Scotland business

Aberdeen University oil study warns of tax hike impact

oil rig
Image caption The study warned there would be cuts in investment and production of North Sea oil

The UK government's Budget tax hike on North Sea oil will lead to substantial cuts in investment and production in the industry, a new report has said.

Economists at Aberdeen University made the claim after studying figures based on a range of projected oil prices over the next 30 years.

Chancellor George Osborne raised the supplementary tax on North Sea oil production from 20% to 32%.

The move, in his budget last month, was designed to fund a cut in fuel duty.

The Aberdeen study, carried out by Professor Alex Kemp and Linda Stephen, considered a range of oil prices over the next 30 year, from $50 (£30) a barrel to $90 (£54).

They said the rise would inhibit maximum returns from production and reduce incentives to pursue exploration prospects in the North Sea.

Professor Kemp said the root of the problem lay within the tax structure.

He said its flat rate meant marginal projects could readily become uneconomic.

'Minimise effects'

Prof Kemp suggested a more flexible structure.

Mike Tholen, economics director of industry body Oil and Gas UK, said: "Professor Alex Kemp's research shows that the tax increase announced in the Budget could reduce UK oil and gas investment by up to £30bn and production by up to a quarter over the next three decades.

"This kind of impact is wholly expected following the sudden change.

"The tax change has damaged the industry's confidence and trust in the tax regime and that trust will take a long time to rebuild.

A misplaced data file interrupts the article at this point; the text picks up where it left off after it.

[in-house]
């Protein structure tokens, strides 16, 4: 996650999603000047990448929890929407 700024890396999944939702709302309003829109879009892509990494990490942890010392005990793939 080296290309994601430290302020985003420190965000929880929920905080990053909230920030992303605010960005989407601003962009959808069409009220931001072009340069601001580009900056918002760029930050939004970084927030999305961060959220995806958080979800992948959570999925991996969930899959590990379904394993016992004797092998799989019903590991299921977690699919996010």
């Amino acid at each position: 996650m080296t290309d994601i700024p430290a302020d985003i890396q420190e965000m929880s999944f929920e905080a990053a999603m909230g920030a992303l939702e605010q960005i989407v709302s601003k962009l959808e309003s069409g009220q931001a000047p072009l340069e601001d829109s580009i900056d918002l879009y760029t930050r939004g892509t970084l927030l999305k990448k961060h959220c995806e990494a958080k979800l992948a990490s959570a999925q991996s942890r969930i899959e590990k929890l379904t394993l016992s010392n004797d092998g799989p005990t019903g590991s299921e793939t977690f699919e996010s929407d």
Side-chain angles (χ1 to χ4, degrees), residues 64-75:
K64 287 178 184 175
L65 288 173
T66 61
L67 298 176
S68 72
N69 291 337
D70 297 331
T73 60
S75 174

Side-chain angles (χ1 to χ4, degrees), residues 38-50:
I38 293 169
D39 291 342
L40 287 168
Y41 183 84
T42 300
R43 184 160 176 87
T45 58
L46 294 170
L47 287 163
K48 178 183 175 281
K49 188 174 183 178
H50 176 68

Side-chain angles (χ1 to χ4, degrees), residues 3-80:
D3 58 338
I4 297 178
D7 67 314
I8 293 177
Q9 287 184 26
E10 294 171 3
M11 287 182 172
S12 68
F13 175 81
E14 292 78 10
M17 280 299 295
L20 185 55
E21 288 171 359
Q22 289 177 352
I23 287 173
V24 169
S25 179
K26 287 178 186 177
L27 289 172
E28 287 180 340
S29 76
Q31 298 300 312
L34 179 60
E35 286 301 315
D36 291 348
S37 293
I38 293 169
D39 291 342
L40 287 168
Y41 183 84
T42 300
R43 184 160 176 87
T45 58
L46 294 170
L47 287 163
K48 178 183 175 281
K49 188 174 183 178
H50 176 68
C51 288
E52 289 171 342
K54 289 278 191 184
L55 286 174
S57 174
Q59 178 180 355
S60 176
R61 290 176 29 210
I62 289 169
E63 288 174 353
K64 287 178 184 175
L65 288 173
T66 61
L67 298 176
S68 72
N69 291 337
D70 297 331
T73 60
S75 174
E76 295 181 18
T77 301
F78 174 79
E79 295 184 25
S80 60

"Oil and Gas UK can only work with the government to find ways to minimise the effects on investment, production, energy security and jobs."

'Responsible way'

A Treasury spokesperson said: "This is an interesting study which supports the government's view that the increase in tax on oil will not have a significant impact on investment because of the current high price of oil.

"The government announced a reduction in fuel duty at the Budget and that has to be fully funded so we will progress with our plans.

"We are now looking at how we put in place the fair fuel stabiliser and we are working with the industry to make sure we can do that in a responsible way."

Industry leaders met Chancellor George Osborne to discuss the tax rise on Tuesday.

Oil and Gas UK chief executive Malcolm Webb said, "disappointingly", Mr Osborne had taken a different view of the impact the tax rise would have on the industry.

However, he said the Treasury had requested further discussion of the issue.

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